The title of the report is inspired by a poem by Robert Frost, The Road Not Taken, which centres around a decision to take a path less travelled and the difference it made.
The report skilfully looks at the current policy track we are walking down (a focus on jobs/GDP) and asks Are we still on the track to a shared prosperity as a national community or have we started to wander off this track?
While the report identifies areas of positive social progress (rising employment/wage growth, reduction in youth offending and falling teenage pregnancies), it finds some critical areas where social progress is simply not being made:
An alarming lack of safe affordable housing, resulting in a level of homelessness not seen in New Zealand in the lifetime of most Kiwis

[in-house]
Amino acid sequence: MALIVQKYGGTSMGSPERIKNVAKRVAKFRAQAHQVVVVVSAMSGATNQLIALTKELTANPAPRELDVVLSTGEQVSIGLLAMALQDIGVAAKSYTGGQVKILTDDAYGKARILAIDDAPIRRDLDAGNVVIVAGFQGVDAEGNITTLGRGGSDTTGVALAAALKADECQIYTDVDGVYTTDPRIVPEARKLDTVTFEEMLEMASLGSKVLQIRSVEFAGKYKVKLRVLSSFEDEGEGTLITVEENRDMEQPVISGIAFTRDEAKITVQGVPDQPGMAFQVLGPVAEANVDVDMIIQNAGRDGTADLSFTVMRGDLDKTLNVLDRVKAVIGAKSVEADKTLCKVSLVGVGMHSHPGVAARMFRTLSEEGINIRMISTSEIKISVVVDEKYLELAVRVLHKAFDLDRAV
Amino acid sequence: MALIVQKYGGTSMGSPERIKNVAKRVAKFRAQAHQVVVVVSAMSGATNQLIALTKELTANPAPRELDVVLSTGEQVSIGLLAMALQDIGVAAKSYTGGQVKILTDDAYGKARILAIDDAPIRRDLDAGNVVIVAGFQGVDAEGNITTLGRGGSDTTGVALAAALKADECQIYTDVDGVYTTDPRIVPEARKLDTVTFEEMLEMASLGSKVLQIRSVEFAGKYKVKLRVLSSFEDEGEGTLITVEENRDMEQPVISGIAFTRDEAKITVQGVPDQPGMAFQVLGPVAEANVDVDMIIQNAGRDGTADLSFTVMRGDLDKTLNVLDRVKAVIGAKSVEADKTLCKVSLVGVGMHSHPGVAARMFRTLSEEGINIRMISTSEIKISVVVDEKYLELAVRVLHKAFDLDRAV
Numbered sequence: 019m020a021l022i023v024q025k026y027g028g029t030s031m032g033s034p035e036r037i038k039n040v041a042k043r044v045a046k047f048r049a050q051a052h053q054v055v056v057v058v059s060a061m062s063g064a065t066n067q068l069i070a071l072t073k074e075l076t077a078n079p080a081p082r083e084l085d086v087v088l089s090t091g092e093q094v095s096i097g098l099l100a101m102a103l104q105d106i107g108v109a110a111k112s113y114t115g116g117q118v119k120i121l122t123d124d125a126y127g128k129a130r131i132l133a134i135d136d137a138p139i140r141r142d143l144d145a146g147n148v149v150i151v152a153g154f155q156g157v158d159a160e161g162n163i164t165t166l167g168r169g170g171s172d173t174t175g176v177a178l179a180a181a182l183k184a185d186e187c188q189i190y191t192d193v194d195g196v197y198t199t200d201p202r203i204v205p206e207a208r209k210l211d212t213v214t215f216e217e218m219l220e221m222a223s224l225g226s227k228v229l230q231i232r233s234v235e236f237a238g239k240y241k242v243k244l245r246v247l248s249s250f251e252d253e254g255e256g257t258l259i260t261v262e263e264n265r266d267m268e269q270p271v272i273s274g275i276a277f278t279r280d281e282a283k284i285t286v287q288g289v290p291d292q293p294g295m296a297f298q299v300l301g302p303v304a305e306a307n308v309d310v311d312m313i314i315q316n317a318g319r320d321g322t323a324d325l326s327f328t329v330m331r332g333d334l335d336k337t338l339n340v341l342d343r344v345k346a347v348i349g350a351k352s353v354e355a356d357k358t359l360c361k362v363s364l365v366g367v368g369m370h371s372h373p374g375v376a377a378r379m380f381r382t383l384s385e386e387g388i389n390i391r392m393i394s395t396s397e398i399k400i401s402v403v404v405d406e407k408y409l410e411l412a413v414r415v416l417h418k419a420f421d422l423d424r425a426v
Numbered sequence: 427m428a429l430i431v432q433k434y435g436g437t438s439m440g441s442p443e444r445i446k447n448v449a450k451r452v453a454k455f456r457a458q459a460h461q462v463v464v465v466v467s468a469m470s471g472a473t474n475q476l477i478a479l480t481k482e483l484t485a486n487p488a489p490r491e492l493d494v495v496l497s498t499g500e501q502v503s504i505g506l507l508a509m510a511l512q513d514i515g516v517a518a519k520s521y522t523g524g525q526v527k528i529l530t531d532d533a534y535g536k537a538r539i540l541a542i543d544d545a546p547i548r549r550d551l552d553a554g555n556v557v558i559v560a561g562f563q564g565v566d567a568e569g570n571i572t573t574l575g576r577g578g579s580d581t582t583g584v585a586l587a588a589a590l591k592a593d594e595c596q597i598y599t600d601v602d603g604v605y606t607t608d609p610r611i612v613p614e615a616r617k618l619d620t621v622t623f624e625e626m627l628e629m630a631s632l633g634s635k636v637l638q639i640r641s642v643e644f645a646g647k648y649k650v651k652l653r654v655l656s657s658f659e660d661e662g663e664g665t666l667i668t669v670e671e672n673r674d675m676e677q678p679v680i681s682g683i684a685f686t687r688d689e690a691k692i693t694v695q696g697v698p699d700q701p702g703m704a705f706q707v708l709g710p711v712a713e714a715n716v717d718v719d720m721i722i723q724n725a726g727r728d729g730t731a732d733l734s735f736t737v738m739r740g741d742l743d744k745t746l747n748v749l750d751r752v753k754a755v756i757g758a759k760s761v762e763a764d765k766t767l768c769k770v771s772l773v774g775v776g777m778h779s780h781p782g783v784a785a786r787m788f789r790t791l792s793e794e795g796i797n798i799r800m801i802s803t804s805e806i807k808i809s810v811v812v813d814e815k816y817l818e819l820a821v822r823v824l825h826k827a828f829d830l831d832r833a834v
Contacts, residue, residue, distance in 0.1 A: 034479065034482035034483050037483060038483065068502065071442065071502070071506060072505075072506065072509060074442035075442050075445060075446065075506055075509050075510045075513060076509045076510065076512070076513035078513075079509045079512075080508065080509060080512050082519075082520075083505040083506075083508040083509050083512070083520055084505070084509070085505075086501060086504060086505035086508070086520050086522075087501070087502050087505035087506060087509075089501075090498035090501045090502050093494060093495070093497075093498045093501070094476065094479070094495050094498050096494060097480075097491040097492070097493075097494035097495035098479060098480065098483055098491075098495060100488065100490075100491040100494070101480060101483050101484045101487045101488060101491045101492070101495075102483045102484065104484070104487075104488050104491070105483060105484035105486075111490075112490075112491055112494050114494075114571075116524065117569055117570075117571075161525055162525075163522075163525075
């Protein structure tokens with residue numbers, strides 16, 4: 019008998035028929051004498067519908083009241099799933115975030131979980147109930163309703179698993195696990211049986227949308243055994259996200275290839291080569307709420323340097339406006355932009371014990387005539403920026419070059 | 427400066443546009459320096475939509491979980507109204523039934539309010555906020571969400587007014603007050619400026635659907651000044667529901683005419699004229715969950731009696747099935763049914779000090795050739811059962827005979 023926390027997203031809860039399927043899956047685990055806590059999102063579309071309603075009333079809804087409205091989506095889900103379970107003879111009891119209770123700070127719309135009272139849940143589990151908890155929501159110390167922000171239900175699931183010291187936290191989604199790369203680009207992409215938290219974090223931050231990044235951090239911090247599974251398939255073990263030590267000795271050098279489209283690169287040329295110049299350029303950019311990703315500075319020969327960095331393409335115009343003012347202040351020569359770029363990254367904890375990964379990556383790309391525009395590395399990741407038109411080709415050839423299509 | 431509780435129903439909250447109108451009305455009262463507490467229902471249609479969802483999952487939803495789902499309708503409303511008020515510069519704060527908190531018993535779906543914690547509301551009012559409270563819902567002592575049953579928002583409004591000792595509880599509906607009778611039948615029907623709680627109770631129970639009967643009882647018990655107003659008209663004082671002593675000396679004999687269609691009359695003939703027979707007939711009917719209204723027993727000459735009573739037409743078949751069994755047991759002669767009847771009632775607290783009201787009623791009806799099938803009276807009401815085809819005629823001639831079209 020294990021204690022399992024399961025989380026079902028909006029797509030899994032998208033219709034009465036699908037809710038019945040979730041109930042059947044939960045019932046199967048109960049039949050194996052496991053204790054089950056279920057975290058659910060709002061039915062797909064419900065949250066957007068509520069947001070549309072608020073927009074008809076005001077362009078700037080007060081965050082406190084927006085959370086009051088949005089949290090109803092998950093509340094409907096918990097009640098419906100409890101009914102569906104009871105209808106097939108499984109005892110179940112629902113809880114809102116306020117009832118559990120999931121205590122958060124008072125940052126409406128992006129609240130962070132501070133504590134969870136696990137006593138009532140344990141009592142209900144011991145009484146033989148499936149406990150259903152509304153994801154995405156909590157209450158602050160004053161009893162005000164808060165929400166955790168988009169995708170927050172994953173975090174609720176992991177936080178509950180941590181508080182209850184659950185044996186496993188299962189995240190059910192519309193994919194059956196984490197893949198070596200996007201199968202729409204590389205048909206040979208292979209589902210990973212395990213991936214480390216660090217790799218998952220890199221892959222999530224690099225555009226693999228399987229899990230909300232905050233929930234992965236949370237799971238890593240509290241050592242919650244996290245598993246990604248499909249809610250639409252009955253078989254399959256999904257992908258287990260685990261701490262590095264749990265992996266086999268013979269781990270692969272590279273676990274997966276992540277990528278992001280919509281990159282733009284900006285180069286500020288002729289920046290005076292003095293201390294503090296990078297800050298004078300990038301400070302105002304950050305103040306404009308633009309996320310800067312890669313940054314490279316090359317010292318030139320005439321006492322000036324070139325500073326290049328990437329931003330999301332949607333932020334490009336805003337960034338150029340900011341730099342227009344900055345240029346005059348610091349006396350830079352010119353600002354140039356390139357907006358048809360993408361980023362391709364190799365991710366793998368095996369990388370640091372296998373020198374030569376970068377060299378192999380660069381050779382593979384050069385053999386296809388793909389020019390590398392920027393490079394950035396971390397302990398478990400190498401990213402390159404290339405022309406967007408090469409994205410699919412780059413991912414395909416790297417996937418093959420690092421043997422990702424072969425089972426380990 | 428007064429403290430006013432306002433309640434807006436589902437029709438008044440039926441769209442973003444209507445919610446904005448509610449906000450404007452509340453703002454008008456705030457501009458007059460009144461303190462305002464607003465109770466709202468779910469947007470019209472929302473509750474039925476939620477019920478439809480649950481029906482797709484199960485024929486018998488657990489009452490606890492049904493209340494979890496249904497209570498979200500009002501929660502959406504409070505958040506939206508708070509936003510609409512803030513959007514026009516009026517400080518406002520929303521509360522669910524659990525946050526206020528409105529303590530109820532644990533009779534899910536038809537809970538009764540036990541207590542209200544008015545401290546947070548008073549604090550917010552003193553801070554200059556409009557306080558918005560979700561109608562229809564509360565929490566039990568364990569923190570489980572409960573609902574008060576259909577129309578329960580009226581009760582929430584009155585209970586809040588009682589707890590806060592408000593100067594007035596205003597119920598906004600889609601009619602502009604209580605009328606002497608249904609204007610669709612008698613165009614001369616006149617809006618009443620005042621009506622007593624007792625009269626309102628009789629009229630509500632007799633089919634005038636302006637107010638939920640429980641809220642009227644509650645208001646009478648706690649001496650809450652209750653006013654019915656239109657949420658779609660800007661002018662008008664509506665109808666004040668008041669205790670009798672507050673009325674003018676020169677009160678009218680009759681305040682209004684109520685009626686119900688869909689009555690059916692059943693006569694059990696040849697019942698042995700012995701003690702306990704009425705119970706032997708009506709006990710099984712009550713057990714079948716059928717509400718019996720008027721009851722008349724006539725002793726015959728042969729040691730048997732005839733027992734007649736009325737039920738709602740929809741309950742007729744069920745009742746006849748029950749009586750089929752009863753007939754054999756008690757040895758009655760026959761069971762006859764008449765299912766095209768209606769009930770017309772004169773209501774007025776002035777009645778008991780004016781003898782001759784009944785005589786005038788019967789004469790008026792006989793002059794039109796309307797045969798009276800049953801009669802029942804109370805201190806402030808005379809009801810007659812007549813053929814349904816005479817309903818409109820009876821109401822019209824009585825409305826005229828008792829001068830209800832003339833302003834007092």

A seemingly entrenched rate of child poverty
Burgeoning incarceration rates of prisoners and the related high recidivism rates.
None of these areas will be a surprise to our NZCCSS social service workers or social workers, who work in communities where rent, overcrowding and transience is high, paid work is temporary and low paid, and money to pay for basic needs is well short of what is needed. For this group among us, New Zealand has well and truly gone off track.
The report ends with a challenge from Lieut-Colonel Ian Hutson to politicians and all of New Zealand, during this election year…
..to think deeply about the social progress we want to achieve for ourselves and our children. Are we heading off the track in a way that benefits only a few (and perhaps only in the short term), while leaving others at risk? Or will we work together to establish a track leading to a New Zealand where all children and families are able to live, grow and be supported to flourish in a nation we might gladly call ‘God’s own’. The question all voting citizens will consider this year is: Who has the insight, the imagination and the courage to identify a path that might lead to such a country?